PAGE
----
3.5         Sources of data                                   

3.6         Method of data collection                     

3.7         Validation of research instrumentations 

3.8         Reliability of the instrument                           

3.9         Method of questionnaire distribution and

Collection                                                

3.10      Data analysis techniques.                     

  CHAPTER FOUR     

4.1         Data presentation analysis                   

4.2         Testing of hypothesis                                    

4.3         Discussion of finding                           

CHAPTER FIVE

5.1         Restatement of the problem                          

5.2         Summary of findings                                     

5.3         Conclusions                              

5.4         Recommendations                     

5.5         Suggestions for further study               

References

Questionnaire

LIST OF TABLES

Table 4.1.1   showing how long you have been in street trading

Table 4.1.2   showing the response to factors that may them do street trading

Table 4.1.3   showing the response of street trading to the categories of goods they sell

Table 4.1.4   showing the response of street trading the sources they get their goods.

Table 4.1.5 showing ids the buyers are satisfied with the quality of goods.

Table 4.1.6   Do you determine that your buyers are satisfied with the quality of goods sold to them.

Table 4.1.7   what you think make people to patronize the street traders

Table 4.1.8   Are your product always available to the consumer

Table 4.1.9   what class of people do they patronize

Table 4.2.1   why do you buyer buy goods from street traders

Table 4.2.2   Do street traders encourage the sale of good quality product.

 Table 4.2.3  Categories of goods buyer buy from street trader

Table 4.2.4   why people engage in street trading

Table 4.2.5   are the services of the street traders always at your disposal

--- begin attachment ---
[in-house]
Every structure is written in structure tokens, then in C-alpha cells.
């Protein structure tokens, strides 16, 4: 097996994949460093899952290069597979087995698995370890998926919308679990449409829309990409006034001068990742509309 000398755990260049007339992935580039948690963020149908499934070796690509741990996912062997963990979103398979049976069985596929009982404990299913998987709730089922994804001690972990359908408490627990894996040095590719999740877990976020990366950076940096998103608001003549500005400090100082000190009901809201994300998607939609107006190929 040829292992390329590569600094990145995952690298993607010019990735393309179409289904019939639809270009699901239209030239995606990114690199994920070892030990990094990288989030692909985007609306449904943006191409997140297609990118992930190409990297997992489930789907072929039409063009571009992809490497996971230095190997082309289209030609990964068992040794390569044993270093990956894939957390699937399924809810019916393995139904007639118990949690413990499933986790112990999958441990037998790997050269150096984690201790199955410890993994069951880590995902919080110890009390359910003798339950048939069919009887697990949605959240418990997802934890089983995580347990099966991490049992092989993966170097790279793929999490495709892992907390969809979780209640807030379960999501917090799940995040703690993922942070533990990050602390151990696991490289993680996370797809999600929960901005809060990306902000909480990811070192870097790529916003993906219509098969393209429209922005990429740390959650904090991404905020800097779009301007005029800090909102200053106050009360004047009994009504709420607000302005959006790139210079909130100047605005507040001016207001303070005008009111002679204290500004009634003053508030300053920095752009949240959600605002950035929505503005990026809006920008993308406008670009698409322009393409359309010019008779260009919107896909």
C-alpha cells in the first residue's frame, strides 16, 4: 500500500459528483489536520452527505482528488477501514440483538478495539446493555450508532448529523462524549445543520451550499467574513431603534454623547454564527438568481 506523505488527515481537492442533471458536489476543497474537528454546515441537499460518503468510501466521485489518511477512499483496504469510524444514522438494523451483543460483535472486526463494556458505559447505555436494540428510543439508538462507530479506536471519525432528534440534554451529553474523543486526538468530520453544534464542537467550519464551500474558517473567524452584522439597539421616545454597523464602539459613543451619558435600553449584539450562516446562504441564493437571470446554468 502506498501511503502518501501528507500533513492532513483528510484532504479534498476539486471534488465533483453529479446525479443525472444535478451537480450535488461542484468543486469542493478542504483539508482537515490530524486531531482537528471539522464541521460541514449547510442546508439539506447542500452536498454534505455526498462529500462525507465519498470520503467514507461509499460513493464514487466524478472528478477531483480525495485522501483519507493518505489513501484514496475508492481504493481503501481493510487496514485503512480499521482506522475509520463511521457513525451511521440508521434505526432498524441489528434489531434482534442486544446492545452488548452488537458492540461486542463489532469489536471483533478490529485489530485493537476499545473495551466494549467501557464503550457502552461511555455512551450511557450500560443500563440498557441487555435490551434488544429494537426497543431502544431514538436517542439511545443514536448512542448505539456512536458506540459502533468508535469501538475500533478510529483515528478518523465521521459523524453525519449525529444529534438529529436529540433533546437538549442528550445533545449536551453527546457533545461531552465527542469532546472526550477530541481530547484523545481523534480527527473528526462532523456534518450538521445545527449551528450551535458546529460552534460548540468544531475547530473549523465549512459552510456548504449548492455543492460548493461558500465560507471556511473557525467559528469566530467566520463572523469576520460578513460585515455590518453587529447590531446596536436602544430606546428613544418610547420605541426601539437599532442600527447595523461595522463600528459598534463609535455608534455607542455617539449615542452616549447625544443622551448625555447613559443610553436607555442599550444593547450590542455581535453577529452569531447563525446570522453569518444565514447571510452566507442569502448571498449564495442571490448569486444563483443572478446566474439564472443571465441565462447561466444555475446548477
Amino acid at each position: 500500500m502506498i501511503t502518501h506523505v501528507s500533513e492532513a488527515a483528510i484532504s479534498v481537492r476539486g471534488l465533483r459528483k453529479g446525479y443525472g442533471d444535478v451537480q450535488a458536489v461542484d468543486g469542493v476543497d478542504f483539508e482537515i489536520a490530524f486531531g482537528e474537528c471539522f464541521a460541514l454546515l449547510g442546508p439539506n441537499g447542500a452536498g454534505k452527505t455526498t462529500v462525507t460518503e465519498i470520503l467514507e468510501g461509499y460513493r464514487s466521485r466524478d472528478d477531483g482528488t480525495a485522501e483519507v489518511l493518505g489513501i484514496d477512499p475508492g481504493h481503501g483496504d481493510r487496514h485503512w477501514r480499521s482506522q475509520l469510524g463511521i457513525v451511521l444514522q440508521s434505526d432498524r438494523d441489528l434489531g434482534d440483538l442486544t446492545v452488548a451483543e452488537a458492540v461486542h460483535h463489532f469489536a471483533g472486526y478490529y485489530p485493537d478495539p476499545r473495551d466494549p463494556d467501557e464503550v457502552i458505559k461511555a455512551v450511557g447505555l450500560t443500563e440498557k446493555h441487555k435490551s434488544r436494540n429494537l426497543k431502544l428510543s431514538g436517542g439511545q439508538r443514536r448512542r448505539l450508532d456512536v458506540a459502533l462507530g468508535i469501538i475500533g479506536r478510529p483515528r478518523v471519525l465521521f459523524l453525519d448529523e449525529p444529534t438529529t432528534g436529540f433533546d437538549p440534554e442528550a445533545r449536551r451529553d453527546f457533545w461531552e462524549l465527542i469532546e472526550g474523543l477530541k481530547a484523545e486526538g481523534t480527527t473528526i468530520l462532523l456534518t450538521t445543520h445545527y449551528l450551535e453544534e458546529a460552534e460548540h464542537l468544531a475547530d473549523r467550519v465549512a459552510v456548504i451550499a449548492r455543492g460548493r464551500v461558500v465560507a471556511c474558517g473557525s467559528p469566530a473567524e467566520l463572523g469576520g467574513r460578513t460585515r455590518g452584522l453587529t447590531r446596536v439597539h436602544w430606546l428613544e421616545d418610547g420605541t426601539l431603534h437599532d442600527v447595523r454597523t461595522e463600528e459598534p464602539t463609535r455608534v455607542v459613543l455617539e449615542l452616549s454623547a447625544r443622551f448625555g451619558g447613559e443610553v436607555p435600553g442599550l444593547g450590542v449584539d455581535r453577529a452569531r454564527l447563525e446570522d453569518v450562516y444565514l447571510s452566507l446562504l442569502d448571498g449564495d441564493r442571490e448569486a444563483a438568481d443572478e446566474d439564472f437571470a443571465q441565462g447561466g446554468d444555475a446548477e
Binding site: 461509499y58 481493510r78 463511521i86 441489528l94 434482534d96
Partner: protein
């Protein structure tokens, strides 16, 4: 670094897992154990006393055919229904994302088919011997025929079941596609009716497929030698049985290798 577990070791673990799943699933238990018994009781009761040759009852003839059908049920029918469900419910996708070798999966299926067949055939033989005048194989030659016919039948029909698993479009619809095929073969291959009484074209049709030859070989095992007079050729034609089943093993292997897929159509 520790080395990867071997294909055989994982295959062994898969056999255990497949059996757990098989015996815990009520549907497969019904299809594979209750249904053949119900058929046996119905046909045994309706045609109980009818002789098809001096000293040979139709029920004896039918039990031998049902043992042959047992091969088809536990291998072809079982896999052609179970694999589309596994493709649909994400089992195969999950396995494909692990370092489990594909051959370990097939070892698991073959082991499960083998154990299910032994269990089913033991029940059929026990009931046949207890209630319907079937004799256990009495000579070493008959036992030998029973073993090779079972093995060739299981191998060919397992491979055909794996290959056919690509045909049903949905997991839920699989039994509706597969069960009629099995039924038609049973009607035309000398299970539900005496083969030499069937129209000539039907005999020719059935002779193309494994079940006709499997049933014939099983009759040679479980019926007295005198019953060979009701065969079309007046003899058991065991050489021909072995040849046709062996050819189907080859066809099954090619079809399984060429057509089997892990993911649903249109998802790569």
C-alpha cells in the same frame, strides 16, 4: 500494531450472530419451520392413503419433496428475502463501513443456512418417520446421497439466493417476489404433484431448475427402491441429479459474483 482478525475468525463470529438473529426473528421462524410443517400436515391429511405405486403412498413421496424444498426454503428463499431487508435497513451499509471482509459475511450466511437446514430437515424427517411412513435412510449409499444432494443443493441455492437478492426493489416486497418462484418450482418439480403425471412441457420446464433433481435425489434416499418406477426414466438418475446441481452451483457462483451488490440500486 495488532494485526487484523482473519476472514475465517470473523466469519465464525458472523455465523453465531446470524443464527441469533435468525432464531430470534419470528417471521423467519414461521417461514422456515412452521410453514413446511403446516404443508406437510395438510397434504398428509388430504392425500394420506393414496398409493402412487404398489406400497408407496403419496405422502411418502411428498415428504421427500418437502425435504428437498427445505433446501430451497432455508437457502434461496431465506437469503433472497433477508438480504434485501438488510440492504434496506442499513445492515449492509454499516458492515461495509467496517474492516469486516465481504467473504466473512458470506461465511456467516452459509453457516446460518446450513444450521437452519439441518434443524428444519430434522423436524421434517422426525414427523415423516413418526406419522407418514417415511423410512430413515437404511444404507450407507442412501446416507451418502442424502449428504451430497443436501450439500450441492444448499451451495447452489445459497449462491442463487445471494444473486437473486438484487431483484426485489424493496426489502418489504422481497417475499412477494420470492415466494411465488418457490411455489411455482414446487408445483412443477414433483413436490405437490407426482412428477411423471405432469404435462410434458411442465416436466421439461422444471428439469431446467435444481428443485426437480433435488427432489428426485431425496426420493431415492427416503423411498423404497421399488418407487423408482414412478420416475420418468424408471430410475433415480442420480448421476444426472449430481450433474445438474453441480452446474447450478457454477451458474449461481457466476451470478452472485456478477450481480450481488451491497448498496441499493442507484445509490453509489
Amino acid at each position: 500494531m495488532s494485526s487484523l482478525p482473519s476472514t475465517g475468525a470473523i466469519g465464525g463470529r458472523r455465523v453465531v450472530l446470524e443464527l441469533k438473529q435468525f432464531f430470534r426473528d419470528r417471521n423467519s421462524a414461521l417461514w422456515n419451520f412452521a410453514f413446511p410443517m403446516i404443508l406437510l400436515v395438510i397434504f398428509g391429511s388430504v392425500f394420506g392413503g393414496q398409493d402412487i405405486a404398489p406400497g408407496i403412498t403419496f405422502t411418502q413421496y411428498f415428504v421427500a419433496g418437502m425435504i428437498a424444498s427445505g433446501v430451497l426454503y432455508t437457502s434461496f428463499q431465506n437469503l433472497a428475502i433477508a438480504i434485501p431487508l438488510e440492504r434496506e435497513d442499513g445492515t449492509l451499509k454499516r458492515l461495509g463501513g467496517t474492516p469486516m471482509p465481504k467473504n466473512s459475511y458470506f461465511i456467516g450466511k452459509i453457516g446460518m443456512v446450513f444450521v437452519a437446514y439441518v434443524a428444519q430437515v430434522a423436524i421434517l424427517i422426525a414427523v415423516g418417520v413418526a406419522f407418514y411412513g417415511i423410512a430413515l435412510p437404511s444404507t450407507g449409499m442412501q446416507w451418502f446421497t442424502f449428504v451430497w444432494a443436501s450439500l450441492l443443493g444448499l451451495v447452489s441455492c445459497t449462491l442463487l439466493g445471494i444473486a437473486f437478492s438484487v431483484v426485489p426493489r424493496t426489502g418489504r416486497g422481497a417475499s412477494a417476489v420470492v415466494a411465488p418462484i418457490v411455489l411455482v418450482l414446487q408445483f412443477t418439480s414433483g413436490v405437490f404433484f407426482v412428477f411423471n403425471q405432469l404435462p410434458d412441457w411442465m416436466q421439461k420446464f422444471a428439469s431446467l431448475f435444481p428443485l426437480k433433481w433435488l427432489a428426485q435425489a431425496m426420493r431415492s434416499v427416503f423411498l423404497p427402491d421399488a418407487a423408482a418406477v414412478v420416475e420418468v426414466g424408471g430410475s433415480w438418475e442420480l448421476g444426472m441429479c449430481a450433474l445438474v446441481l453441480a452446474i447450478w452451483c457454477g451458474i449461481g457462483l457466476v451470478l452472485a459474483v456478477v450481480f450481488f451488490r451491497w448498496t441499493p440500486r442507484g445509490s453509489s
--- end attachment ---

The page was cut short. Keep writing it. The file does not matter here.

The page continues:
Table 4.2.6   how often do you buy from street traders?

Table 4.2.7   do street traders make goods available to consumer at the right place

Table 4.2.8   do street traders sell their product cheaper compared with those markettypes.

Table 4.2.9 do street traders create product awareness.

Table 4.2.1   test of hypothesis 1

Table 4.2.2   test of hypothesis 2

Table 4.2.3   test of hypothesis 3

Table 4.2.4   test of hypothesis 4

Table 4.2.5   test of hypothesis 5

CHAPTER ONE

1.1         INTRODUCTION

The urban population explosion is a chronic problem of almost every contemporary developing country. It is attributed to the pattern of population growth and the nature of urban employment. There are evident that in developing countries in which Nigeria belong, the yearly rate of urban population growth is extremely high. Anderson (2002) observed that developing countries today face greater urbanization challengers than developed countries faced. Sarr (2000), the united nation report (1999) meted that youth migrants in Africa are three time more in number than migrants the report also added that the urbanization rate of the youth was 32 percent in 1990 compared to less than 25 percent by the year 2015, over 80% of the youths in Africa will be residing in urban areas where job opportunities are limited to few modern sectors and establishment.